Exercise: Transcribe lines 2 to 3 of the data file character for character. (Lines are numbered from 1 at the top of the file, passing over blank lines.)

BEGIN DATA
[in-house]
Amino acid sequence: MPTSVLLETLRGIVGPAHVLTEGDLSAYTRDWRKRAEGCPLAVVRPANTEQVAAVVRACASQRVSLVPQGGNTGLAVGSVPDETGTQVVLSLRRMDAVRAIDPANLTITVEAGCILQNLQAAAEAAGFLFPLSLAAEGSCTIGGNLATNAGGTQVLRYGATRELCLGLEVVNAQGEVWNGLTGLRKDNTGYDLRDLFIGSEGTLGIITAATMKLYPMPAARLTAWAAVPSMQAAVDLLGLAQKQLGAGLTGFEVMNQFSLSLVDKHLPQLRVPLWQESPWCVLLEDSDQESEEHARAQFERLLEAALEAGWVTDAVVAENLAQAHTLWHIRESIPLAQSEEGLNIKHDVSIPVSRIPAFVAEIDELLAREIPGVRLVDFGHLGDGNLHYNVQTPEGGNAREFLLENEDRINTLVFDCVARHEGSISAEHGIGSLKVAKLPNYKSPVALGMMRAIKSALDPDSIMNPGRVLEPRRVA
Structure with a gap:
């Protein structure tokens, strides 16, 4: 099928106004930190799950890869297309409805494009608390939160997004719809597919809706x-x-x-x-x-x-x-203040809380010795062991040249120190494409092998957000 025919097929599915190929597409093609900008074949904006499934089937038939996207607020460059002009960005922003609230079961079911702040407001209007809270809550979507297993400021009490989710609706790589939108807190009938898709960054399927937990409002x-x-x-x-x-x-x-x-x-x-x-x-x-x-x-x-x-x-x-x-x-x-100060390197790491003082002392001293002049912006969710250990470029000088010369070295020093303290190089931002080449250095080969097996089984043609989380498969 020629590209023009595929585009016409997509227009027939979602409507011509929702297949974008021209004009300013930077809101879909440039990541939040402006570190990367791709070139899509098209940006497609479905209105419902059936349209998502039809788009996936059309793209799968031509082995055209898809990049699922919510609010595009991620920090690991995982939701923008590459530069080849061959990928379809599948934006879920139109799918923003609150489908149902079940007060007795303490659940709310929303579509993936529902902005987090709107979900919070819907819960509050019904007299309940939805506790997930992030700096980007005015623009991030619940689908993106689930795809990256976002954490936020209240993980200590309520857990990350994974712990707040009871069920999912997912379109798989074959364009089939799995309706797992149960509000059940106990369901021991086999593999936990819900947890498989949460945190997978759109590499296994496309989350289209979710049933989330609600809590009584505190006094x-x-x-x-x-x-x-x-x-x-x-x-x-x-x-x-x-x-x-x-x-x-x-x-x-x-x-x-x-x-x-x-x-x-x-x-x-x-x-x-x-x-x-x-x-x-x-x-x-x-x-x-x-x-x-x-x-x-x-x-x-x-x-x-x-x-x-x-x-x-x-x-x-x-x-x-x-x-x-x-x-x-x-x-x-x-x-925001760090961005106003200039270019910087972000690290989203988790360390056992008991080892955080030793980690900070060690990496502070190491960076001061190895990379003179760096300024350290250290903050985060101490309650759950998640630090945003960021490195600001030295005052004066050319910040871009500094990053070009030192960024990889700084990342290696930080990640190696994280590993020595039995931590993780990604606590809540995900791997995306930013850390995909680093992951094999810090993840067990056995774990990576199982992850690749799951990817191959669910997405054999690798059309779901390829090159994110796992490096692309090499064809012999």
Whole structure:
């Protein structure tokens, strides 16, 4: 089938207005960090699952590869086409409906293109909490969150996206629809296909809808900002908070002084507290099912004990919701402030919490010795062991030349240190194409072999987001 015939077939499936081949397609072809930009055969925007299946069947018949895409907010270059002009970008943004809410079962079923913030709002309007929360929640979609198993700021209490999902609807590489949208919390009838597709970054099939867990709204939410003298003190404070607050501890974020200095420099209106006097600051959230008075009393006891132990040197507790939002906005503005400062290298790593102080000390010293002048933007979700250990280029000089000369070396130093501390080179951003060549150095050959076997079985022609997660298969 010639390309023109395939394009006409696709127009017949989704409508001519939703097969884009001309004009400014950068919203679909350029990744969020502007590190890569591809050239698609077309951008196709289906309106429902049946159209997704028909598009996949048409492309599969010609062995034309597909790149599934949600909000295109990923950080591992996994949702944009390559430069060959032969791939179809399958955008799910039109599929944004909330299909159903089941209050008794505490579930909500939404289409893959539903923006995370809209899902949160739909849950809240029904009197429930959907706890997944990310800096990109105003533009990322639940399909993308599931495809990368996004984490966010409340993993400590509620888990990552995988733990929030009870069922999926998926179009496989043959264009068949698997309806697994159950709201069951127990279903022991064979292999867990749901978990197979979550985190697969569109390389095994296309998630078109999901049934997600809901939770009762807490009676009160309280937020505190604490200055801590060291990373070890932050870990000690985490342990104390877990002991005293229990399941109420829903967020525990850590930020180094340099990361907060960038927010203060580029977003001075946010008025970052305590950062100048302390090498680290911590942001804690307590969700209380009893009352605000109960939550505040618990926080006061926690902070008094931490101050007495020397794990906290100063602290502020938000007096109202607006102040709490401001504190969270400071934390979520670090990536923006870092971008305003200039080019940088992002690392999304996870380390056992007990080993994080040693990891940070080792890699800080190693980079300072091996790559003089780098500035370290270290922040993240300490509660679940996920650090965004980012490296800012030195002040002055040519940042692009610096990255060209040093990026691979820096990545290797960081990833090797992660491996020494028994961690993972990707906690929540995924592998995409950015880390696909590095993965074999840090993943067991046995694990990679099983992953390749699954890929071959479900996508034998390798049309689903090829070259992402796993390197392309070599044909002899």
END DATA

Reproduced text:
Amino acid sequence: MPTSVLLETLRGIVGPAHVLTEGDLSAYTRDWRKRAEGCPLAVVRPANTEQVAAVVRACASQRVSLVPQGGNTGLAVGSVPDETGTQVVLSLRRMDAVRAIDPANLTITVEAGCILQNLQAAAEAAGFLFPLSLAAEGSCTIGGNLATNAGGTQVLRYGATRELCLGLEVVNAQGEVWNGLTGLRKDNTGYDLRDLFIGSEGTLGIITAATMKLYPMPAARLTAWAAVPSMQAAVDLLGLAQKQLGAGLTGFEVMNQFSLSLVDKHLPQLRVPLWQESPWCVLLEDSDQESEEHARAQFERLLEAALEAGWVTDAVVAENLAQAHTLWHIRESIPLAQSEEGLNIKHDVSIPVSRIPAFVAEIDELLAREIPGVRLVDFGHLGDGNLHYNVQTPEGGNAREFLLENEDRINTLVFDCVARHEGSISAEHGIGSLKVAKLPNYKSPVALGMMRAIKSALDPDSIMNPGRVLEPRRVA
Structure with a gap: